The Self Storage Association of Australasia recently held their annual convention at the Gold Coast. New to the industry I thought this was a fantastic opportunity for me to attend and meet other people in the business and to more importantly learn more about the industry and where it is heading.
As part of the convention, there was an opportunity to visit other facilities that show cased new innovations in the industry. There was one that was built on Eco friendly and sustainable principles and another introducing the latest in self storage technology.
It was the later that really got me thinking about the future and the direction the self storage industry is heading. Self service storage kiosks is one emerging technology that enables people to rent a storage unit or pay a monthly storage fee 24 hours a day. The machine looks similar to an ATM machine with a touch screen computer and automated prompts and are very popular in the US and are now being introduced in Australia, the first at a site in Helensvale, Queensland.
The kiosk can generate a lease and take payment for a unit, like most self storage web bookings. However unlike website bookings, it can go through the entire sign up process and also scan ID, issue a secure and unique gate PIN, print off a map with directions to your unit and can even dispense padlocks. The kiosk I was introduced to can take a fingerprint scan and a photo of your face as you sign up. The machine demonstrates all of the administrative skills and processes that a self storage employee performs and it can perform these tasks as efficiently and effectively as any human. The kiosk also outshines web bookings by completing the whole process and allowing a tenant to move in immediately – with most web bookings the tenant will still need to attend the facility before moving into a unit. It allows a facility to operate 24 hours a day, 7 days a week. This convenience and flexibility could give a facility the competitive boost it is looking for.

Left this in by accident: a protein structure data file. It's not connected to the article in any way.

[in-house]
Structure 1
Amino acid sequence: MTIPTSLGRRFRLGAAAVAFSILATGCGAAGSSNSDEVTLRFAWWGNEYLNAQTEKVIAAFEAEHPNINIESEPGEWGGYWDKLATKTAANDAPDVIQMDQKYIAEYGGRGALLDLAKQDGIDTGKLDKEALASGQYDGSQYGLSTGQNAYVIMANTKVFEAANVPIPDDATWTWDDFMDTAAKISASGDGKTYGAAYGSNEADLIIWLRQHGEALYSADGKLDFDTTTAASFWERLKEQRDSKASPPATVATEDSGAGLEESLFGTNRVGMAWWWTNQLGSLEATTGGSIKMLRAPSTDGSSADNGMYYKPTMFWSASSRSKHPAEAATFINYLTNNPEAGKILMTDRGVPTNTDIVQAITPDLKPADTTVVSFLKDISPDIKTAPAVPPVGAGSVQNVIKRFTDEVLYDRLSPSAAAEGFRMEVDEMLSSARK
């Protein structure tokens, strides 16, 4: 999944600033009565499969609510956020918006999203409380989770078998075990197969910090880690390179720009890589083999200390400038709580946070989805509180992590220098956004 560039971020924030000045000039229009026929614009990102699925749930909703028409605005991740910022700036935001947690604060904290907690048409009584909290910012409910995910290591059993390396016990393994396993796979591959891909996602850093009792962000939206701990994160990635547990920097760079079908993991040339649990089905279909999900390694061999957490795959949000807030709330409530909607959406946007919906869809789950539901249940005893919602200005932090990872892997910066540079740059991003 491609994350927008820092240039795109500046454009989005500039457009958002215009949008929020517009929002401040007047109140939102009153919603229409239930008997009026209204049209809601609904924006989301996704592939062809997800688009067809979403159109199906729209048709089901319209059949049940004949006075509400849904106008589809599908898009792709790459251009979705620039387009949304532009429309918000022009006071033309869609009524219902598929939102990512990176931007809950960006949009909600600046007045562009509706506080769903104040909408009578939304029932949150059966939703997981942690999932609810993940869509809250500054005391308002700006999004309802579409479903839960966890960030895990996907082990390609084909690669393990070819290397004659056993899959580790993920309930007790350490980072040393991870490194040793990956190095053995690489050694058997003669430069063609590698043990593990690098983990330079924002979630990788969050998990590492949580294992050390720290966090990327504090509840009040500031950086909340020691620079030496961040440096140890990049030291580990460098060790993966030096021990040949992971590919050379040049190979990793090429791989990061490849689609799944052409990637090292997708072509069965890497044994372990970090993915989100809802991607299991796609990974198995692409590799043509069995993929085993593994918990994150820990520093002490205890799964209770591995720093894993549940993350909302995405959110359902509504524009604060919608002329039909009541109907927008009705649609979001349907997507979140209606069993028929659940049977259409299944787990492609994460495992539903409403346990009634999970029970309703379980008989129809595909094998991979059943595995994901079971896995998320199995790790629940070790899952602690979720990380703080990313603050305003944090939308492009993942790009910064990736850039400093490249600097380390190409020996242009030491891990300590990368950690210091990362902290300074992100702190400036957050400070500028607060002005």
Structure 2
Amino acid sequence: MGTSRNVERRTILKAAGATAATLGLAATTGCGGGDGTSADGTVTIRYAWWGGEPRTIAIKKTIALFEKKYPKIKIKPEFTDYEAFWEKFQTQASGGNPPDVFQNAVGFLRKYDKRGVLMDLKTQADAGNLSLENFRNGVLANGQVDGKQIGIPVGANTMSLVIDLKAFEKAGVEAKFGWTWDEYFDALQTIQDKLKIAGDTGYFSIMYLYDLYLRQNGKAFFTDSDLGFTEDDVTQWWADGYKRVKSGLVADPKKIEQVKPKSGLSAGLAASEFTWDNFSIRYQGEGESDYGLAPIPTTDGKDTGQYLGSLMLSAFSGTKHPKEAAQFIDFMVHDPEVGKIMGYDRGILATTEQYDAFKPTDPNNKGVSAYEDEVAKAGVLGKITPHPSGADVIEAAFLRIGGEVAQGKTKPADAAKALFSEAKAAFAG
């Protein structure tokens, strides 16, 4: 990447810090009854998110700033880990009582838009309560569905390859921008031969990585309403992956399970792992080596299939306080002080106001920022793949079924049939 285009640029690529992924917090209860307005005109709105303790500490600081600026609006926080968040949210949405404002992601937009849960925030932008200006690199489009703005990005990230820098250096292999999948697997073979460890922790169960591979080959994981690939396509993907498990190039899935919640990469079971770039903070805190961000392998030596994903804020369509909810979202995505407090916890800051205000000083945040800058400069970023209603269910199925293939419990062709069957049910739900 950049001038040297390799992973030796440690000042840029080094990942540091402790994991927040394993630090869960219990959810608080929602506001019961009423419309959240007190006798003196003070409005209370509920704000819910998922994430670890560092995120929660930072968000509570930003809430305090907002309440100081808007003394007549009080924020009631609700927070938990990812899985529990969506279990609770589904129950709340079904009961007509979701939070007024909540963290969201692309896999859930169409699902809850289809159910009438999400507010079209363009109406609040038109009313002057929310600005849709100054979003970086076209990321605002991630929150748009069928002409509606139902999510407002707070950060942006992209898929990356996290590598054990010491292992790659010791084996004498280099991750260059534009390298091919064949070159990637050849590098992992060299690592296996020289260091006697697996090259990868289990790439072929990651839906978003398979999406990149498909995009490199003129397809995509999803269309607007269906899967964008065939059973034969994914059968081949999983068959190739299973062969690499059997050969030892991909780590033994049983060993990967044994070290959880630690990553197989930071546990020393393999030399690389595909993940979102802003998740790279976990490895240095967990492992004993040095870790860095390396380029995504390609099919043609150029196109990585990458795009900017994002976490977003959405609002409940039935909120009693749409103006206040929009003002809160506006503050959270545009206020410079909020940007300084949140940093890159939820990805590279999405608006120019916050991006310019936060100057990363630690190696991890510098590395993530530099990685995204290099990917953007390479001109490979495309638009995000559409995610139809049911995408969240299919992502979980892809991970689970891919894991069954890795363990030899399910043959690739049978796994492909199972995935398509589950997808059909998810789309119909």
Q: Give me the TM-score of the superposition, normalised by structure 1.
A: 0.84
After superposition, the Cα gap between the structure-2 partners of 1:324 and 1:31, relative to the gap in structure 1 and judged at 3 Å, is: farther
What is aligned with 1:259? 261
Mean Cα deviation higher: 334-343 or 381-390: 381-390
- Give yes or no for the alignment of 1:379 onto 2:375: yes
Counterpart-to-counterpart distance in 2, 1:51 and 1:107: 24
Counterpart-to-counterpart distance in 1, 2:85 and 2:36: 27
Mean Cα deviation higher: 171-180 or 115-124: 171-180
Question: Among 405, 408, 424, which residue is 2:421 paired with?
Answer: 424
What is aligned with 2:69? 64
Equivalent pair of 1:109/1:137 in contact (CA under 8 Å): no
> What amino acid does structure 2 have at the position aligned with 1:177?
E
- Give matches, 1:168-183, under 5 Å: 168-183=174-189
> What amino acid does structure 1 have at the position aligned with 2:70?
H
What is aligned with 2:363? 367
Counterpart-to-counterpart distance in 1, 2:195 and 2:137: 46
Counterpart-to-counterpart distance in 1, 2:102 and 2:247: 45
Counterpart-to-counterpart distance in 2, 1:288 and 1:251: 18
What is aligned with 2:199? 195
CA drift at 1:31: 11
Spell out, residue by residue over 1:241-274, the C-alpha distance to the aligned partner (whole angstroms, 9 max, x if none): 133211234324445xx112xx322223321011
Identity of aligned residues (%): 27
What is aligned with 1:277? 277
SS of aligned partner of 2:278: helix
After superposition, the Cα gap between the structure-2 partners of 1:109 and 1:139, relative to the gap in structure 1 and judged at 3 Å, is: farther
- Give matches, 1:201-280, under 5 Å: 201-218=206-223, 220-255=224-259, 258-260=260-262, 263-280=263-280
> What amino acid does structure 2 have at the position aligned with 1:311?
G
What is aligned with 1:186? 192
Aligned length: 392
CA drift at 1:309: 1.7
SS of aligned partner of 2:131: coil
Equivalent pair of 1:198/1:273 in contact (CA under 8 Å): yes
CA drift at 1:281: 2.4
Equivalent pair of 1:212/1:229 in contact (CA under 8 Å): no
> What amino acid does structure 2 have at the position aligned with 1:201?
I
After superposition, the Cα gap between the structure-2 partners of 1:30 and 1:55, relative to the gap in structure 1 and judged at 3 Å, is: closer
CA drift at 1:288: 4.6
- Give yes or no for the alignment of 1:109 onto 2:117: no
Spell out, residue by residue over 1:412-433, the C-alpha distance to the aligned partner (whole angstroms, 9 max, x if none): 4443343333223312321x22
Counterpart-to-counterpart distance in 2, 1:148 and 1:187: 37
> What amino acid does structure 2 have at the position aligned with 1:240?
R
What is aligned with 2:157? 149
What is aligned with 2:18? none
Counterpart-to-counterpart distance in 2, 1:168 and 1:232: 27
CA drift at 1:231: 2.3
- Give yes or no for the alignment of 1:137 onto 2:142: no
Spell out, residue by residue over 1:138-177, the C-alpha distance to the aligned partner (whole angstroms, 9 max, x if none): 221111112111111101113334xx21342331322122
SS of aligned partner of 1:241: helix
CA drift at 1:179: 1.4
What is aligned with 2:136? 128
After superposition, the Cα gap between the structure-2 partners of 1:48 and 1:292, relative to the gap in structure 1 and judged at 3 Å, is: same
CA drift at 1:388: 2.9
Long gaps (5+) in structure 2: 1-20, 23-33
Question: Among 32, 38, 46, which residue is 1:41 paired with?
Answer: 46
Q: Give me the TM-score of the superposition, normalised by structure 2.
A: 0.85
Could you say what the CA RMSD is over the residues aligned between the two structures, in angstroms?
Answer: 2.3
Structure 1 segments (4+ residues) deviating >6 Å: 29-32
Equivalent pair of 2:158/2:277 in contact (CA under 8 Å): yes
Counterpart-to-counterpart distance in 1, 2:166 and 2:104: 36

In order for these to be effective, businesses need to use them as an assistant to staff, especially during peak times and to service customers after hours. The self storage industry is a customer service industry and I believe it is one of the most important skills your staff can have, so to introduce a self storage kiosk as a substitute to staff could be detrimental to your business. People still need people to listen, sympathize and tend to varied needs, all of which a machine cannot do. If used in combination with your staff, it could potentially raise occupancy and decrease late payers which in turn would increase revenue.
When I first trailed the kiosk at the site at Helensvale, I was a little skeptical. I believe as a self storage manager, it is important to know who is storing at your site for stringent security practices and to deter any illegitimate activity. Peoples behaviors, body language and sometimes aura can be a give away as to a persons character and I am a big believer of the “gut” feeling you get from people when you meet them. Usually you can trust your gut feeling to stop you signing up any persons that may turn into trouble tenants. The kiosk cannot do this. The kiosk does not have instincts or gut feelings to go off of. At the end of the day, someone may sign up on the kiosk and you may not see them again. As much as I am all for increasing customer convenience and making your business operable 24 hours a day, I believe that by having a kiosk that allows 24 hour sign up could generate an increase in bad storers.
Although there are drawbacks to the kiosk, I think that it is smart for businesses to integrate new technologies with current practices. Kiosks make 100% sense if you wish to generate business 24 hours a day. There are many other technologies that could be used as well and as new technologies are created, there will be more need to have these machines in the self storage industry to stay competitive. A kiosk may not be the answer to this but I am sure more technology will be introduced to partner staff in the self storage industry.